Posted in Fantasia 2012, Fantasia International Film Festival, Film Festivals, Reviews, Trailers, Video

Fantasia 2012 review: You are the Apple of my Eye

you-are-the-apple-of-my-eyeYou are the Apple of my Eye (2011)
(Literal Chinese title: Those years when we chased that girl together)
Director: Giddens Ko ; Screenplay: Giddens Ko
Cast: Zhendong Ke, Michelle Chen, Ao-Chuan, Steven Hao, Tsai Chang-hsien

There are already plenty of reviews for this film out there so there likely isn’t much new that I can add but I enjoyed the film. Based on the director’s own autobiographical novel (he even gives the main character his real name) the universal themes of this work should easily resonate with those who have pursued that special girl but couldn’t quite attain her. Lest you think this is all tragic and bittersweet, think again as you can expect to see more than one group masturbation scene that will bewilder you. There is fair amount of amusingly crude humour due to the boys in the story although some jokes will probably not work depending on one’s sense of humour. Focus lies on the growing closeness between one of the boys, a childish rascal who hates studying that the serious, studious girl can’t help but grow to like. The actors that portray these two are very believable.

The film’s strength lies in capturing that youthful time in the past (in this case 90s Taiwan) when you just had carefree fun with friends while at the same time trying to solve the mystery of girls. The ending gets overly sentimental and lazy, literally repeating multiple scenes from earlier in the film (as if the audience has already forgotten) but does cleverly insert scenes that didn’t actually happen. They are scenes that could’ve happened in a parallel world if certain words had been spoken instead of withheld. These scenes and the hilarious incident that leads to them however do inevitably make for a satisfying conclusion. Trailer after the jump.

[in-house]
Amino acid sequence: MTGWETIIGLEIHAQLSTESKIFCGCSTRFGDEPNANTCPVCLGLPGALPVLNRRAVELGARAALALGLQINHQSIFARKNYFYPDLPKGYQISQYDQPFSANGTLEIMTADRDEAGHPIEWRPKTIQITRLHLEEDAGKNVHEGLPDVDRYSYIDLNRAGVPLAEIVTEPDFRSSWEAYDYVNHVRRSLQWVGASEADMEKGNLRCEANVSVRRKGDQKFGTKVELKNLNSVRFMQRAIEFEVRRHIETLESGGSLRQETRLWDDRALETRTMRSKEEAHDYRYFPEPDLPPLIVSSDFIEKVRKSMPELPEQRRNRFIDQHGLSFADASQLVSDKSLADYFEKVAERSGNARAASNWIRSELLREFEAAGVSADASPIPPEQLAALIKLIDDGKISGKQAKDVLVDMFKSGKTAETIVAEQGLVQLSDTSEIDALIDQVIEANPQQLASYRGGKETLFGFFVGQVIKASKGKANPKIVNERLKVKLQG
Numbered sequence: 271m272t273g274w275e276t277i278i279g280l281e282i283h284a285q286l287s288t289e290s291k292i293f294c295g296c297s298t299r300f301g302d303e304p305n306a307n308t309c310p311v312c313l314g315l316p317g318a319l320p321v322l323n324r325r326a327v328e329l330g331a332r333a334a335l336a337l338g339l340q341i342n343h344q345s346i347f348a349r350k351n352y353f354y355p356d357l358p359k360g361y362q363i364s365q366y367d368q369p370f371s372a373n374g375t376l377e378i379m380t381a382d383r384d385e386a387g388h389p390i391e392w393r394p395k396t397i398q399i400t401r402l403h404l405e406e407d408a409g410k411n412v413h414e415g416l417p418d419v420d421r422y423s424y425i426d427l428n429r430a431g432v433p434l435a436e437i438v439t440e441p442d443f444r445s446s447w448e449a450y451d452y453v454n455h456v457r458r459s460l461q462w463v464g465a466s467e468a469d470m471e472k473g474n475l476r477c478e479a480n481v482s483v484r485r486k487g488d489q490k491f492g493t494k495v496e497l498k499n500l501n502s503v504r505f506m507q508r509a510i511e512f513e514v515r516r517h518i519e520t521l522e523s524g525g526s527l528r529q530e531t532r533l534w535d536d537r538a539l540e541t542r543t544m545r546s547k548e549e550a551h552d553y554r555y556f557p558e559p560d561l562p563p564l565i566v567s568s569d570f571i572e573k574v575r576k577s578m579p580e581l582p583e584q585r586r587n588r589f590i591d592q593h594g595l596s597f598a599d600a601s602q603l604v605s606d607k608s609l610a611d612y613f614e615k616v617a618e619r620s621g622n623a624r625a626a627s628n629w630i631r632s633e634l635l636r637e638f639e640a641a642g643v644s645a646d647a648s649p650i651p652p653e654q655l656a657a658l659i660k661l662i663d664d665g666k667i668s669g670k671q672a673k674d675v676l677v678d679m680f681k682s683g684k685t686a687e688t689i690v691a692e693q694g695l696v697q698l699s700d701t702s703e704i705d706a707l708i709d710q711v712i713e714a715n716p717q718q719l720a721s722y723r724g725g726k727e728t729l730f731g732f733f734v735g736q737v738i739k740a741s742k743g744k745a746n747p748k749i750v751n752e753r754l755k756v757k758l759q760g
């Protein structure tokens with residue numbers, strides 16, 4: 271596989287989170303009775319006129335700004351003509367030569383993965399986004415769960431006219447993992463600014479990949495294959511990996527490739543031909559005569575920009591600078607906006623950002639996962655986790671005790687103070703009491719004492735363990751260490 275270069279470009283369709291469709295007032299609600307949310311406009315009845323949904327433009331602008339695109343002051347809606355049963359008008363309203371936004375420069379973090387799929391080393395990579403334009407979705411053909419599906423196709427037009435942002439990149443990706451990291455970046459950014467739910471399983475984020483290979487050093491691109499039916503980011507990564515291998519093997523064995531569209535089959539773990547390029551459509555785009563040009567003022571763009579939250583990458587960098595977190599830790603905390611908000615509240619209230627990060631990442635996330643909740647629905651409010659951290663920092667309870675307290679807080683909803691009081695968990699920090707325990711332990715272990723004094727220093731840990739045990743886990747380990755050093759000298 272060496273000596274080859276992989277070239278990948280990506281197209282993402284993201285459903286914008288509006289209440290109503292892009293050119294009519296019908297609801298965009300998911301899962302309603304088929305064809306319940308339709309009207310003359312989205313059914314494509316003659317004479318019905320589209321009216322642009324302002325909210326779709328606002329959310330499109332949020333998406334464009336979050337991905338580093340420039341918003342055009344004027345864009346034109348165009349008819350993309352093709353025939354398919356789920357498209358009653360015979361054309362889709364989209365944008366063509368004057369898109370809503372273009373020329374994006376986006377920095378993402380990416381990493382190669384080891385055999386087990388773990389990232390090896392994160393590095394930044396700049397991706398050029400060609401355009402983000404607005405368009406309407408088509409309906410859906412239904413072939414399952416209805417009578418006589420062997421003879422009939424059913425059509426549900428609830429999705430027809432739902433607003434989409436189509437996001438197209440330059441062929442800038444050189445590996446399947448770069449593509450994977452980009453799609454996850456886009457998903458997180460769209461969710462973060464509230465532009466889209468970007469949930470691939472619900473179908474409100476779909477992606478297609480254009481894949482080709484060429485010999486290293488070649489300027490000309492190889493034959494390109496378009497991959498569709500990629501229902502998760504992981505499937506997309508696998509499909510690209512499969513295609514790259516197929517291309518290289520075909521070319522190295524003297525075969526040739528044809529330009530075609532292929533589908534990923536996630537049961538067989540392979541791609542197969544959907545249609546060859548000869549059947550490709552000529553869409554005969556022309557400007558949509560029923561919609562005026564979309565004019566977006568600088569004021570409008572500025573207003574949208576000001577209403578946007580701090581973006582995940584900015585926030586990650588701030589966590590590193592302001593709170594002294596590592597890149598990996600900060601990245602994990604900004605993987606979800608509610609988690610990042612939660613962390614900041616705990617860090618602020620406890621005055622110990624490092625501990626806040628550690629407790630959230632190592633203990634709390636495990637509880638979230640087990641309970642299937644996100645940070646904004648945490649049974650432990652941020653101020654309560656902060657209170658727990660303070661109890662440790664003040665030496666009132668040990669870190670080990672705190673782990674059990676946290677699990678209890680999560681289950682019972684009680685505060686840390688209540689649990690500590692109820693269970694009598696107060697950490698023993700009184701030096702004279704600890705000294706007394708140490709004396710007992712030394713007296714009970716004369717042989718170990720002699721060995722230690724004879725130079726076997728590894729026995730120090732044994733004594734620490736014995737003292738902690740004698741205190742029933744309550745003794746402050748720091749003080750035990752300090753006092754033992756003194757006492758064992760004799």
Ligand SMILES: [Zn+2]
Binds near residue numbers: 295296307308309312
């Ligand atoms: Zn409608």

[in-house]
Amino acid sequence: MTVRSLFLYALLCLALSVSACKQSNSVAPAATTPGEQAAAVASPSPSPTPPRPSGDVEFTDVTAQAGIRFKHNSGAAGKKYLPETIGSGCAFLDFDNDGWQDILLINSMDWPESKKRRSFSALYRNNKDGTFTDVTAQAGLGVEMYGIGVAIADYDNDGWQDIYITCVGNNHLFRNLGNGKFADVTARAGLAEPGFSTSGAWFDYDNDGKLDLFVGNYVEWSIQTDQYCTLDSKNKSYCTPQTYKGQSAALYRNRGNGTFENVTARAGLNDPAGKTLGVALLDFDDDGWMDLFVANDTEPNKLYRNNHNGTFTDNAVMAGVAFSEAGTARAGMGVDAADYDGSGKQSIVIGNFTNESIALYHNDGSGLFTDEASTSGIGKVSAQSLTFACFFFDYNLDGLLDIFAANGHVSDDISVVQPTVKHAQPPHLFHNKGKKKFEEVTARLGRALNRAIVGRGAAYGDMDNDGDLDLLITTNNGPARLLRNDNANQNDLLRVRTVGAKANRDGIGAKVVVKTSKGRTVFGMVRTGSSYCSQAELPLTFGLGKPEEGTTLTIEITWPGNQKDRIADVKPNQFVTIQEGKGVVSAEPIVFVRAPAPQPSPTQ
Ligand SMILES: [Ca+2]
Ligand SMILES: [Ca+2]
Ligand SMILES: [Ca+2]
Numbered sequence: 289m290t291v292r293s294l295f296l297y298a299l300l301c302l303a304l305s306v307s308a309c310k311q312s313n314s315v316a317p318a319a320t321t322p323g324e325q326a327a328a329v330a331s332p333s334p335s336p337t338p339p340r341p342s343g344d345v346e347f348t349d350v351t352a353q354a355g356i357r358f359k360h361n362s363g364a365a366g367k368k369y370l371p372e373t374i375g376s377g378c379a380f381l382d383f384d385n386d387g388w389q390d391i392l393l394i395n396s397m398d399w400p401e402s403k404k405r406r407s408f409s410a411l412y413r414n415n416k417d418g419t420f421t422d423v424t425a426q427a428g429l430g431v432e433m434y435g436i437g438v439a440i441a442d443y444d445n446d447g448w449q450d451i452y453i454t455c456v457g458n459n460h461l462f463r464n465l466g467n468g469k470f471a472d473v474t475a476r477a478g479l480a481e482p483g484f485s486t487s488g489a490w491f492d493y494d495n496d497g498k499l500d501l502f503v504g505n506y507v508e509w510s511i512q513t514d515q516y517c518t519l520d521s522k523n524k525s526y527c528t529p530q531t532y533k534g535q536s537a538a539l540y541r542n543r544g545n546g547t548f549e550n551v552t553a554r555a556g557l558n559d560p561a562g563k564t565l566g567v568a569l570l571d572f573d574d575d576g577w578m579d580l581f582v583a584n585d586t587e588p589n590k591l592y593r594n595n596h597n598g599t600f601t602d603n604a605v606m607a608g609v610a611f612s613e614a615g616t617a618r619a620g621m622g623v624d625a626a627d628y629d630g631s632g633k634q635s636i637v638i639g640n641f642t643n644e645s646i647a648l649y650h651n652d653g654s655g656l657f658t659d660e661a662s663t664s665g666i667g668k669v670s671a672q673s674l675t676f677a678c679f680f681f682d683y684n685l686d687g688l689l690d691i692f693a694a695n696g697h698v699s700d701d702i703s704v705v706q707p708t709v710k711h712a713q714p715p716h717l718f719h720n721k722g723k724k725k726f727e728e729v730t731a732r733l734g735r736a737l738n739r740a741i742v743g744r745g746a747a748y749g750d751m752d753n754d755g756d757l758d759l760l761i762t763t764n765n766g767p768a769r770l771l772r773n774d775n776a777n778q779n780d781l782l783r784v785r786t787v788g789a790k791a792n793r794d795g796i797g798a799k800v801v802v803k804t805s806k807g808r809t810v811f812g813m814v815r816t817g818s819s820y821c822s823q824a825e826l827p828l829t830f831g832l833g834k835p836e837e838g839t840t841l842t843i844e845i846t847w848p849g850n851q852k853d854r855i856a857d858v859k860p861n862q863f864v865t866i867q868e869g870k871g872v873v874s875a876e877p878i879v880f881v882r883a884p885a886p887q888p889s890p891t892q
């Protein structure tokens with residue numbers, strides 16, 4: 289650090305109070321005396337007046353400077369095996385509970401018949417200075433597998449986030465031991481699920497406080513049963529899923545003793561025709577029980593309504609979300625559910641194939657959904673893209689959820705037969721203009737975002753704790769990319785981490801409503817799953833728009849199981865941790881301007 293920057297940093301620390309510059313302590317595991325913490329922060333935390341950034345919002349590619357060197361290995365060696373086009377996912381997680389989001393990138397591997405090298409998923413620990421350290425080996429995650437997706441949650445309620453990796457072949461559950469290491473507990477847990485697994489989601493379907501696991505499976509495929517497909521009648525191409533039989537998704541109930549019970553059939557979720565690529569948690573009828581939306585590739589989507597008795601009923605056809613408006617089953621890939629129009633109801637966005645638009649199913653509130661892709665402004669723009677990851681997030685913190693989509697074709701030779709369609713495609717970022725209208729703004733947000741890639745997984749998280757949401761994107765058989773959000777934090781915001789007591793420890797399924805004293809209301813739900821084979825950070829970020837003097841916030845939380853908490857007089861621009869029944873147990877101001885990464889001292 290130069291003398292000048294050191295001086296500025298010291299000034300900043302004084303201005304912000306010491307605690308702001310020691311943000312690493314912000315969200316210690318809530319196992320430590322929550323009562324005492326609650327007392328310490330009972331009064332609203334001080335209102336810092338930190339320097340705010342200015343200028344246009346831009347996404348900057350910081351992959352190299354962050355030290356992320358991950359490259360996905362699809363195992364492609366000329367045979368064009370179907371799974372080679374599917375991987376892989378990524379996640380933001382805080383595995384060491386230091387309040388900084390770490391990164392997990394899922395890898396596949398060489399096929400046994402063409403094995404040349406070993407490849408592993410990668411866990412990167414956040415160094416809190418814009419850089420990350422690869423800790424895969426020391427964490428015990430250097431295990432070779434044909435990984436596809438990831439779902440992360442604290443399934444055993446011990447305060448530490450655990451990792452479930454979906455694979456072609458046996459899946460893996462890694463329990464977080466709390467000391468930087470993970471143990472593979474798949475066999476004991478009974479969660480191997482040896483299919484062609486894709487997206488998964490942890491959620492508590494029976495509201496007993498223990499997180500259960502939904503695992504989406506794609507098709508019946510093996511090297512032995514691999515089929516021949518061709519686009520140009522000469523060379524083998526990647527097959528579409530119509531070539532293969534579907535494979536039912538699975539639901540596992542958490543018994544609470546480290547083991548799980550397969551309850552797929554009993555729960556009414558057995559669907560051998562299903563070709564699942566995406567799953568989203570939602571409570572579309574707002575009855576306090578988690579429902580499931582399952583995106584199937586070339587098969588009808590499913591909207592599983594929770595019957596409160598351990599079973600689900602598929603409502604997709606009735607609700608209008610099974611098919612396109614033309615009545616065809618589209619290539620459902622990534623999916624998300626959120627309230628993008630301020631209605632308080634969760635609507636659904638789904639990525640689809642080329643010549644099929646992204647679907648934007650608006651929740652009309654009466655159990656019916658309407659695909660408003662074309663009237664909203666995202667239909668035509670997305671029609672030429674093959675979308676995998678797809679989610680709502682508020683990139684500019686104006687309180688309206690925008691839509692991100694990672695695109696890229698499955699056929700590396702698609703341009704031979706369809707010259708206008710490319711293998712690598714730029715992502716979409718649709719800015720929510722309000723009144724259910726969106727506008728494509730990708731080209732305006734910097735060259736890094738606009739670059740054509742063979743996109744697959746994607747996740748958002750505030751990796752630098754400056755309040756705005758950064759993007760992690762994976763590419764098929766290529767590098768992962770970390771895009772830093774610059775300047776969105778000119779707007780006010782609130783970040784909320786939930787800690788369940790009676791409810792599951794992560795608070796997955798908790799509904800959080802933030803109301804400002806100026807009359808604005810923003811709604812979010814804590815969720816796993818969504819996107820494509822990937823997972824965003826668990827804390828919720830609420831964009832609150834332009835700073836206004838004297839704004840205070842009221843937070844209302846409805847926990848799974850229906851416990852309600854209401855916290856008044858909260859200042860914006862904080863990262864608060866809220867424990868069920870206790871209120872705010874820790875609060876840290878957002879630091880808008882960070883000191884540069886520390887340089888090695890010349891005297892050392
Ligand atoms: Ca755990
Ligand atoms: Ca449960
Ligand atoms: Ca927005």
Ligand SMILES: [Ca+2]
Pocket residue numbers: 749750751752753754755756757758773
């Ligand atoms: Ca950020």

On a random note, the English subtitles do sometimes embellish the Chinese lines giving a particular emphasis or interpretation that isn’t apparent. It’s not necessarily inaccurate but it is jarring when “very pretty, very pretty / hao mei, hao mei” is translated into some overly lyrical sentence that uses none of the two Chinese words. If you know Mandarin or only know English then this won’t bother you at all.

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Author:

Longtime fan of East Asian films. Former "movie reporter" on the music radio show / podcast "Beats From The East" broadcasted on Concordia University's CJLO 1690AM radio station in Montreal, Quebec, Canada.

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